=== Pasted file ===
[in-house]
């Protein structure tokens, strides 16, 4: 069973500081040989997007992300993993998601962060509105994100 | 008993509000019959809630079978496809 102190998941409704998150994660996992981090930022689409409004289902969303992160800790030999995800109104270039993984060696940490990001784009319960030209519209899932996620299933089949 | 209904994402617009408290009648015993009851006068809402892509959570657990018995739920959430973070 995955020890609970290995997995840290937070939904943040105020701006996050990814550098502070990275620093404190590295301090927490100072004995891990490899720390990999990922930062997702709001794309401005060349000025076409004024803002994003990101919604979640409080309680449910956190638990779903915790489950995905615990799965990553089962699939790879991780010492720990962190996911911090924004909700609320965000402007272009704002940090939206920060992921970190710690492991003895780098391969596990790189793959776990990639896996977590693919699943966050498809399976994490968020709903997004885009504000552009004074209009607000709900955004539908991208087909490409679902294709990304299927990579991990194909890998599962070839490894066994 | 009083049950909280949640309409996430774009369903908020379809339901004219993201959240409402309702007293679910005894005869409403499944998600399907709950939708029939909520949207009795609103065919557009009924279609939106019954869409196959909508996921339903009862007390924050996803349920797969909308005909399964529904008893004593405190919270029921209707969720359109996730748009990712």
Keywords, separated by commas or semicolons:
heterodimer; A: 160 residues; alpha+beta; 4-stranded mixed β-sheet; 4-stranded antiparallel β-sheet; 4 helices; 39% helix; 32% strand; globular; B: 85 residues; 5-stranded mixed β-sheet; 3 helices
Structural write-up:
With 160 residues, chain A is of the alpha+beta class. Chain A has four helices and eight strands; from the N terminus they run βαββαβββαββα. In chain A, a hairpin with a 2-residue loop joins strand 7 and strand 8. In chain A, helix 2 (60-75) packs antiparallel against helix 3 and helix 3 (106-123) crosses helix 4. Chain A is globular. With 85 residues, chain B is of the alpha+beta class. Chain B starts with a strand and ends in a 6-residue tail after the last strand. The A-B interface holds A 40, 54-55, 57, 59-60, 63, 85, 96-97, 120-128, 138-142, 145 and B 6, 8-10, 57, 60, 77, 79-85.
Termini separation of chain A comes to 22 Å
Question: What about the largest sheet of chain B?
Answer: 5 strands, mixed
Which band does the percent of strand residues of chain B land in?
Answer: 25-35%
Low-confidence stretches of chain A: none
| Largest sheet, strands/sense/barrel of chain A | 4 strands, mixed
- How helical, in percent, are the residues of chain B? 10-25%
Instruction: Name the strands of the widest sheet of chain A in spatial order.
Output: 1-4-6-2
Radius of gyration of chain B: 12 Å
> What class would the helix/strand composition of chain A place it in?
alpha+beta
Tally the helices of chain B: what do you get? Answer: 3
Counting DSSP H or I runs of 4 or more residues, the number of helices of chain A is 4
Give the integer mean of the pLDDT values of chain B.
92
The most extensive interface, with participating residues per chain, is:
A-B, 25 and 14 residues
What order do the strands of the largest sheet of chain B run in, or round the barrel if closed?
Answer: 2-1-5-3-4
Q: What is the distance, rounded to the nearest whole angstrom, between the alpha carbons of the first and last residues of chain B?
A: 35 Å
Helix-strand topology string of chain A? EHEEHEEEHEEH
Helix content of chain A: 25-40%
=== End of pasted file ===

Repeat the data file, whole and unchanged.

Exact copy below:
[in-house]
């Protein structure tokens, strides 16, 4: 069973500081040989997007992300993993998601962060509105994100 | 008993509000019959809630079978496809 102190998941409704998150994660996992981090930022689409409004289902969303992160800790030999995800109104270039993984060696940490990001784009319960030209519209899932996620299933089949 | 209904994402617009408290009648015993009851006068809402892509959570657990018995739920959430973070 995955020890609970290995997995840290937070939904943040105020701006996050990814550098502070990275620093404190590295301090927490100072004995891990490899720390990999990922930062997702709001794309401005060349000025076409004024803002994003990101919604979640409080309680449910956190638990779903915790489950995905615990799965990553089962699939790879991780010492720990962190996911911090924004909700609320965000402007272009704002940090939206920060992921970190710690492991003895780098391969596990790189793959776990990639896996977590693919699943966050498809399976994490968020709903997004885009504000552009004074209009607000709900955004539908991208087909490409679902294709990304299927990579991990194909890998599962070839490894066994 | 009083049950909280949640309409996430774009369903908020379809339901004219993201959240409402309702007293679910005894005869409403499944998600399907709950939708029939909520949207009795609103065919557009009924279609939106019954869409196959909508996921339903009862007390924050996803349920797969909308005909399964529904008893004593405190919270029921209707969720359109996730748009990712």
Keywords, separated by commas or semicolons:
heterodimer; A: 160 residues; alpha+beta; 4-stranded mixed β-sheet; 4-stranded antiparallel β-sheet; 4 helices; 39% helix; 32% strand; globular; B: 85 residues; 5-stranded mixed β-sheet; 3 helices
Structural write-up:
With 160 residues, chain A is of the alpha+beta class. Chain A has four helices and eight strands; from the N terminus they run βαββαβββαββα. In chain A, a hairpin with a 2-residue loop joins strand 7 and strand 8. In chain A, helix 2 (60-75) packs antiparallel against helix 3 and helix 3 (106-123) crosses helix 4. Chain A is globular. With 85 residues, chain B is of the alpha+beta class. Chain B starts with a strand and ends in a 6-residue tail after the last strand. The A-B interface holds A 40, 54-55, 57, 59-60, 63, 85, 96-97, 120-128, 138-142, 145 and B 6, 8-10, 57, 60, 77, 79-85.
Termini separation of chain A comes to 22 Å
Question: What about the largest sheet of chain B?
Answer: 5 strands, mixed
Which band does the percent of strand residues of chain B land in?
Answer: 25-35%
Low-confidence stretches of chain A: none
| Largest sheet, strands/sense/barrel of chain A | 4 strands, mixed
- How helical, in percent, are the residues of chain B? 10-25%
Instruction: Name the strands of the widest sheet of chain A in spatial order.
Output: 1-4-6-2
Radius of gyration of chain B: 12 Å
> What class would the helix/strand composition of chain A place it in?
alpha+beta
Tally the helices of chain B: what do you get? Answer: 3
Counting DSSP H or I runs of 4 or more residues, the number of helices of chain A is 4
Give the integer mean of the pLDDT values of chain B.
92
The most extensive interface, with participating residues per chain, is:
A-B, 25 and 14 residues
What order do the strands of the largest sheet of chain B run in, or round the barrel if closed?
Answer: 2-1-5-3-4
Q: What is the distance, rounded to the nearest whole angstrom, between the alpha carbons of the first and last residues of chain B?
A: 35 Å
Helix-strand topology string of chain A? EHEEHEEEHEEH
Helix content of chain A: 25-40%